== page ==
U.S. Forest Service restricts fires to grills, stoves and fire rings in developed campsites.

FILE PHOTO - The mountain looms over snowy evergreen trees in the Mt. Hood National Forest.Don't strike that match!

Citing hot weather and dry conditions, foresters have restricted campfires and prohibited all off-road motor vehicles in the Mt. Hood National Forest, effective immediately.

Campfires have been restricted to designated developed recreation sites — or, in other words, the metal campfire stoves, grills and man-made fire rings found in the most popular camping areas.

These designated burn sites can be found all over the million acre reserve, including in Barlow, Hood River, Clackamas River and Zigzag ranger districts. For a full list, click here.

"We know campfires are a big part of camping, but this year is unusually hot and dry so we all need to do our part to ensure the safety of the public," Forest Supervisor Jim DeMaagd said in a written statement.

Off-roading vehicles, including motorcycles, off-highway vehicles (OHVs) and ATVs, have been banned. That rule applies in all sections of the forest, including the McCubbins, La Dee, and Rock Creek OHV areas.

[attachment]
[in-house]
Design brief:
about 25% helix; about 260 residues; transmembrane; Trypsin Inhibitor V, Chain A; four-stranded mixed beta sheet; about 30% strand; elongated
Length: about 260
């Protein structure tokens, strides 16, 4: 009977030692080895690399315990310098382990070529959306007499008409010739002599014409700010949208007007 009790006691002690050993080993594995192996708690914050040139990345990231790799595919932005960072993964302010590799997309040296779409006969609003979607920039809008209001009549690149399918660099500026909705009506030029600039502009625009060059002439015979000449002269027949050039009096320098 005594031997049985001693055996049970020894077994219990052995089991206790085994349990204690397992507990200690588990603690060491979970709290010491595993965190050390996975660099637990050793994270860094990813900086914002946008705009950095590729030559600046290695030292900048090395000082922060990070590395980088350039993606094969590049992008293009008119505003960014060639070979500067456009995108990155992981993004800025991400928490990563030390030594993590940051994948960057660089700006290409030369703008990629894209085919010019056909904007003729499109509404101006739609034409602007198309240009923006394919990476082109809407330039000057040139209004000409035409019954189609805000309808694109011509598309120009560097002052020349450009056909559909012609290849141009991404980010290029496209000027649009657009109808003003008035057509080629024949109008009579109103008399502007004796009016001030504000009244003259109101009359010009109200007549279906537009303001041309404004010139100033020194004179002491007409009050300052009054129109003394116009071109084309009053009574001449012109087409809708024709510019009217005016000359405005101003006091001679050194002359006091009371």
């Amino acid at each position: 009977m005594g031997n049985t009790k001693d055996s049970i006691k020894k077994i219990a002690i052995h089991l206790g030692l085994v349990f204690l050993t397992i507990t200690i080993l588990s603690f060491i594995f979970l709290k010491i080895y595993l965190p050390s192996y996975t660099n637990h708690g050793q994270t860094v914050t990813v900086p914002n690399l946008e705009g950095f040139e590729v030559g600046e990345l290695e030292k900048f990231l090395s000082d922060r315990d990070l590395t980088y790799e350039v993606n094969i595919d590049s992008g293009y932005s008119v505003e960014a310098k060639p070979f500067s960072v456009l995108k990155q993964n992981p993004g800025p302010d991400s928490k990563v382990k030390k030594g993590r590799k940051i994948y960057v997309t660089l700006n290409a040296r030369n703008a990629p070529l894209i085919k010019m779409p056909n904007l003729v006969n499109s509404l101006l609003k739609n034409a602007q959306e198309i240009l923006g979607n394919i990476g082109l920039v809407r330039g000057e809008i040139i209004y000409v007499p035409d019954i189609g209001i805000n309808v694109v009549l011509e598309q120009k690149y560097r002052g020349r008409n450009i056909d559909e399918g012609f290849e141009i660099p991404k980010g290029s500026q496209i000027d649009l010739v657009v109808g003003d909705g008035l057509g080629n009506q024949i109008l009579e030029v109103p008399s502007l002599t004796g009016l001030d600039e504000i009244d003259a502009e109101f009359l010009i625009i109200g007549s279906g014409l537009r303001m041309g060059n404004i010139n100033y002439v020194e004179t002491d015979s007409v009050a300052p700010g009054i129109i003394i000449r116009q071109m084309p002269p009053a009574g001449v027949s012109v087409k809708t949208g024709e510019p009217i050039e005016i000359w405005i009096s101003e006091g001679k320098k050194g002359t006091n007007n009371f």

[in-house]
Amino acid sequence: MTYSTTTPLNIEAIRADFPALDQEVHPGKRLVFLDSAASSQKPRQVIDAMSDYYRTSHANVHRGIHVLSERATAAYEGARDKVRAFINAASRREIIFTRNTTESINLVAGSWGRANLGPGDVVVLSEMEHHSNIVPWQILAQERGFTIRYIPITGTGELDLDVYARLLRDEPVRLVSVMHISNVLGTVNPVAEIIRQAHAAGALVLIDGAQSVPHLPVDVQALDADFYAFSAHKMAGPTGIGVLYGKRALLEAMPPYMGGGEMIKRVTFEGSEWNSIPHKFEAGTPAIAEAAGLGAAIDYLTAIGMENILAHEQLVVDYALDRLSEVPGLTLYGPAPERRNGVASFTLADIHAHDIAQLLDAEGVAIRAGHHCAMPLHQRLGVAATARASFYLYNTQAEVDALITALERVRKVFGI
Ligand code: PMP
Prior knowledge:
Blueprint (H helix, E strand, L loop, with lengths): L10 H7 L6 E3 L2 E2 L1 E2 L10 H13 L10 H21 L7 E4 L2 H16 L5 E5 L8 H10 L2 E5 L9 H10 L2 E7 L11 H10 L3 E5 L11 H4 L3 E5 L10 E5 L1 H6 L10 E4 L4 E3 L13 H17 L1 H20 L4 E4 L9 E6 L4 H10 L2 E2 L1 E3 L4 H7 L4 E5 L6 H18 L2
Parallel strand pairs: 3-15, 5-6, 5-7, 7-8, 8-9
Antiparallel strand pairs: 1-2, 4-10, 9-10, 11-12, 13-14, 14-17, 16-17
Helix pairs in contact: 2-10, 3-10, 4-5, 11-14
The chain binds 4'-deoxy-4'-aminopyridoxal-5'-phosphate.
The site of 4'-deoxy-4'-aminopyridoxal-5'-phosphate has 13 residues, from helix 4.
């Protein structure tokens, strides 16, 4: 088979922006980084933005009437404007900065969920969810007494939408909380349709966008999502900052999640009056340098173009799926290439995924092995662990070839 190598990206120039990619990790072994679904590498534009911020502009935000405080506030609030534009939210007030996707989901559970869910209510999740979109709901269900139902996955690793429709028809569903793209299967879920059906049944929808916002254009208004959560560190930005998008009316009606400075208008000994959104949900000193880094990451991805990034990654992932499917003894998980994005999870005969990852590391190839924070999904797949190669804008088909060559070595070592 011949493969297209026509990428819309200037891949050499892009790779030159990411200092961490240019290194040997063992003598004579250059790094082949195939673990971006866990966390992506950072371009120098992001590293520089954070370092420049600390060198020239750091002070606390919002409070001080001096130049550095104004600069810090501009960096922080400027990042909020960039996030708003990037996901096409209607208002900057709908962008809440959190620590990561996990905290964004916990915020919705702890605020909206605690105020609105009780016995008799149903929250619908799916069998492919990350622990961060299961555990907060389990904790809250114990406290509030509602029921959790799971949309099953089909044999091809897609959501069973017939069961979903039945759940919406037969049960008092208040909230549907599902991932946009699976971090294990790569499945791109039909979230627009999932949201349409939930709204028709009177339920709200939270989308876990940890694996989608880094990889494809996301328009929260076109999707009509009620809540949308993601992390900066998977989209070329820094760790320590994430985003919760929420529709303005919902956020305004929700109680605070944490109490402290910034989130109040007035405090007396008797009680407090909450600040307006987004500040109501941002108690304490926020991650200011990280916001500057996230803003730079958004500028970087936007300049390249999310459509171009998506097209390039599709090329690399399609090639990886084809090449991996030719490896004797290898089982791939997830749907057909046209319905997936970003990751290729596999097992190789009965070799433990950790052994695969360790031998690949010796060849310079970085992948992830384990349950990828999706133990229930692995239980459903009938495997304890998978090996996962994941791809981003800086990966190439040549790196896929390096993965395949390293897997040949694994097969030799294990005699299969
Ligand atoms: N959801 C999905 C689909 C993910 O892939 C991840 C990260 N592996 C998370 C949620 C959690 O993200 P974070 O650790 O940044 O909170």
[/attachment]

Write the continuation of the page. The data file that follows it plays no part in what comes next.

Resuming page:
Forest users are asked to refrain from target shooting in the afternoon, when the risk of accidental ignition is highest. The U.S. Forest Service has also prohibited smoking outside enclosed buildings or vehicles. Use of a generator is prohibited outside of developed campsites.

Use of portable cooking stoves and lanterns powered by liquid or bottled fuel is still allowed. In this case, the rule of thumb is "if you can turn it off, it's allowed," according to a news release.

Under Oregon law, firebugs can be held responsible for any property damage caused by fire, and can even face criminal charges if an unauthorized burn leads to loss of life.

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